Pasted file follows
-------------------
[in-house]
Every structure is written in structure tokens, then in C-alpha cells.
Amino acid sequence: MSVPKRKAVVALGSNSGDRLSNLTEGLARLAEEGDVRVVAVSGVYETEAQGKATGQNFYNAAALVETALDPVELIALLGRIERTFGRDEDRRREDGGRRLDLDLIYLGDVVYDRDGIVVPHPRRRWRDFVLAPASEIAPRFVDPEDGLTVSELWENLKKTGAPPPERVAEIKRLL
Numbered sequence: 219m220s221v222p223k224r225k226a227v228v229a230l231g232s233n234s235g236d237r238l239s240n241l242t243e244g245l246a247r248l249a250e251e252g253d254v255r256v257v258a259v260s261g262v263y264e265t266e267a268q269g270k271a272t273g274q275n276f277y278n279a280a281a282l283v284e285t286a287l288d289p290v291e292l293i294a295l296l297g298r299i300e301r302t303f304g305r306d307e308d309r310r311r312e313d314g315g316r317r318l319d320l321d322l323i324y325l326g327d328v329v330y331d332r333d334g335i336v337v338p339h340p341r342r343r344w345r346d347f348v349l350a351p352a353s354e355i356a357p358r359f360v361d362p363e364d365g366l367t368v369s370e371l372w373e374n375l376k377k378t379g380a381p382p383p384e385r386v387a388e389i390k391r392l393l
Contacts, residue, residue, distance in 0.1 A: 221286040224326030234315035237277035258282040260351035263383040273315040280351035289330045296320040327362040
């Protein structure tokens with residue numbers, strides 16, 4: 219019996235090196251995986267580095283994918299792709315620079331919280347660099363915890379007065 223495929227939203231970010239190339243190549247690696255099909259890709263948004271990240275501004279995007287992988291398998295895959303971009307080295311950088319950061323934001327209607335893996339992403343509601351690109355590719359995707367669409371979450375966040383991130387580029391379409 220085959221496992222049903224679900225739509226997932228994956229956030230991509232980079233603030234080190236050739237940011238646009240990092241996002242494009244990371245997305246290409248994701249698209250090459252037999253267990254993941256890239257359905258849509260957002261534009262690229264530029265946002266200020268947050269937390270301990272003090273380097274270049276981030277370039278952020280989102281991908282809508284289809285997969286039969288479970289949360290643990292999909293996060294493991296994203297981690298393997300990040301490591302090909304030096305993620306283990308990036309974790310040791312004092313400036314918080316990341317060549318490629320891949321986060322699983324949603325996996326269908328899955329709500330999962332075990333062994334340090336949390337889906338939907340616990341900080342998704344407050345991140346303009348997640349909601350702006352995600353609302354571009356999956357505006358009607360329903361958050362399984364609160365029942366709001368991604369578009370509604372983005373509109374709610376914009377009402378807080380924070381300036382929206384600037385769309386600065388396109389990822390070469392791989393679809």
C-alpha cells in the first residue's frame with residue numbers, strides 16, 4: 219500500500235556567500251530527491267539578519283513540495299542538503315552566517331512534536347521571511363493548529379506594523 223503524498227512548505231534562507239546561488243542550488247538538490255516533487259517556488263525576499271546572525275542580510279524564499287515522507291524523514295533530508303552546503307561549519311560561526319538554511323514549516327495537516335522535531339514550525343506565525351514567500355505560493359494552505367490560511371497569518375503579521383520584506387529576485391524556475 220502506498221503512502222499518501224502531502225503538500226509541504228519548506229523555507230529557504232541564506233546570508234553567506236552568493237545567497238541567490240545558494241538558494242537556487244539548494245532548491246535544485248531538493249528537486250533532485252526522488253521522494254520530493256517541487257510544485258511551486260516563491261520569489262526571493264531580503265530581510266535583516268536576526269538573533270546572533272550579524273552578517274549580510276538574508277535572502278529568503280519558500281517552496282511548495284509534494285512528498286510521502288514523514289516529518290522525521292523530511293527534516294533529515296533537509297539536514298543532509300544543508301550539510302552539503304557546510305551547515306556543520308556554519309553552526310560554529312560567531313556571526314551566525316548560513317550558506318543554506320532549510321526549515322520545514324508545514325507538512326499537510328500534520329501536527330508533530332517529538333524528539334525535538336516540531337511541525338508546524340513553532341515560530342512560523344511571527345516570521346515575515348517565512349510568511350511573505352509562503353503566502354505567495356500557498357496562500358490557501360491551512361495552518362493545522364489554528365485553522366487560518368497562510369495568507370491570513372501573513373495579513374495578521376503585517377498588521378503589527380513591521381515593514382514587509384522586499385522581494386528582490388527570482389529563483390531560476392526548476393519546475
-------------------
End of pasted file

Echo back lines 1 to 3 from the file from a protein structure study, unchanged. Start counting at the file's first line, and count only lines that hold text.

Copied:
[in-house]
Every structure is written in structure tokens, then in C-alpha cells.
Amino acid sequence: MSVPKRKAVVALGSNSGDRLSNLTEGLARLAEEGDVRVVAVSGVYETEAQGKATGQNFYNAAALVETALDPVELIALLGRIERTFGRDEDRRREDGGRRLDLDLIYLGDVVYDRDGIVVPHPRRRWRDFVLAPASEIAPRFVDPEDGLTVSELWENLKKTGAPPPERVAEIKRLL